The EU Telecoms Reform proposes a Single Market for 500 million consumers – Frequently Asked Questions
The EU Telecoms Reform package includes several specific measures that will strengthen consumer rights and their freedom to choose.
* Broadband internet access: The reform will tackle more efficiently the dominant telecoms operators' control of the broadband market. This will strengthen the right of consumers to choose and change their broadband provider, lead to better and faster broadband services, and to lower consumer prices. By making radio spectrum use more efficient, the reform will also ensure that those regions of Europe where it is uneconomic to build, say, a fibre optic network, can be connected via wireless broadband services.
* Number portability: The reform will make it easier for citizens to keep their telephone number when switching providers, and set a maximum of 24 hours for operators to 'move' their number to the new provider. Today, this porting of numbers between providers, takes on average about 8 days for fixed telephone numbers and about 5 days for mobile telephone numbers; the best countries for this are Malta (1 day), Germany, Austria, and Finland (3 days), while porting a fixed telephony number can still take up to 30 days in Estonia, and up to 20 days in Slovakia for mobile numbers. In future, the Commission will also be able to extend this consumer right to the possibility of porting subscriber's personal directories and to the portability of numbers between fixed and mobile networks.
* More transparency: Confronted with a wide range of telecoms services and products, consumers often have difficulties in deciding which one is best for them; 34% of EU consumers admit facing problems in comparing the offers of different providers, making it harder to take advantage of the best possible deals. The reform will force telecoms providers to provide all relevant information on prices and other conditions so that consumers can make informed choices before making a purchase.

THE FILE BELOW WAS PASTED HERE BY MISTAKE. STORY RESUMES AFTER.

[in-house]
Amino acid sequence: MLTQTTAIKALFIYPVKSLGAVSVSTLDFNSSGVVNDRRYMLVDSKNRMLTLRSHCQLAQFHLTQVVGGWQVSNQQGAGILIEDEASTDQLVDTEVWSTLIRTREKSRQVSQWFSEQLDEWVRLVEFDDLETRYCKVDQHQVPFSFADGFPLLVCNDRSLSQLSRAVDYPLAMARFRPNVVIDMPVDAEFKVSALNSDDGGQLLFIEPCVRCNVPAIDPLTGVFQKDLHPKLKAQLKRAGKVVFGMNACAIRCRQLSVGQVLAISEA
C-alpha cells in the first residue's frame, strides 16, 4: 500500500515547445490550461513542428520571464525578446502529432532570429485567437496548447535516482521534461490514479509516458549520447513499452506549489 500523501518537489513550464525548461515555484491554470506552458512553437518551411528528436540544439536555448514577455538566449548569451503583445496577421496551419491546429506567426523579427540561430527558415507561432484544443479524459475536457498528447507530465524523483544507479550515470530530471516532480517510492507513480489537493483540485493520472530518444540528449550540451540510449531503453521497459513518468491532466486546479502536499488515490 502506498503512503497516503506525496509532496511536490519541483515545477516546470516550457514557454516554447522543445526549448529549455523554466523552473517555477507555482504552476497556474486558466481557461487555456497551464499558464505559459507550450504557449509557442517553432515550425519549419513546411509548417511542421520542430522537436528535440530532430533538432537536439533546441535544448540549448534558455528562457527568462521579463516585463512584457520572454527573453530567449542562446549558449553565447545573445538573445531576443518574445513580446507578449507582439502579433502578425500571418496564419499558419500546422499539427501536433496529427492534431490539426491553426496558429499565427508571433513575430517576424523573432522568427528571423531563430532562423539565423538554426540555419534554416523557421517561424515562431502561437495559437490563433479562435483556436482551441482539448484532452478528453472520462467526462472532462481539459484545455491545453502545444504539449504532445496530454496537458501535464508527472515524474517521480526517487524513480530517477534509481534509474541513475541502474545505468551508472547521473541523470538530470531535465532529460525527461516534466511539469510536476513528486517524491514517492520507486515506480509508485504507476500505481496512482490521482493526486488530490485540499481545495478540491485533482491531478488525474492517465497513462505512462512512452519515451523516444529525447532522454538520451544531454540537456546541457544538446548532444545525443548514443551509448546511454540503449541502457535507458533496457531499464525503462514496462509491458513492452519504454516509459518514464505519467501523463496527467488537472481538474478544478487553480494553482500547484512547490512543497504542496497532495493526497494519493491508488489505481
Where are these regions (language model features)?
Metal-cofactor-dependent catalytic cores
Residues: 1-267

* Access to freephone numbers from abroad: At present, it is not possible to access certain freephone or business service numbers when calling from one Member State to another. Today consumers on holidays, or people travelling for work can have a problem in accessing public administration contact points (e.g. for health and pension systems), or pre-sale/after sale services. The EU Telecoms Reform will guarantee that access to these numbers is granted from everywhere in the EU. If you have to pay for this access, you should be told clearly in advance.
* Connecting all citizens: About 15% of Europeans have a disability and by 2020 25% of the EU's population will be over 65. The reform will therefore ensure that people with disabilities, special needs and elderly people all get easier access to telecommunications services. For instance, access to emergency services via the European emergency number, 112, will be improved; and more TV channels will have subtitles, audio descriptions or sign language.
* Independent watchdogs: The EU Telecoms Reform will ensure that competition and consumer rights in national markets are ensured by watchdogs which are fully independent from operators and government alike. Too often, telecoms regulators are today close to the dominant operator that in many countries continues to be owned by the national government; government shares in telecoms incumbents are still 100% in Cyprus, Luxembourg and Slovenia, and considerable in many other EU countries. A close relationship between regulators, incumbents and governments can lead to ineffective regulation, national protectionism and delays in enforcing consumer rights. The EU Telecoms Reform therefore wants to strengthen the independence of national telecoms watchdogs to guarantee fair regulation in the interest of consumers.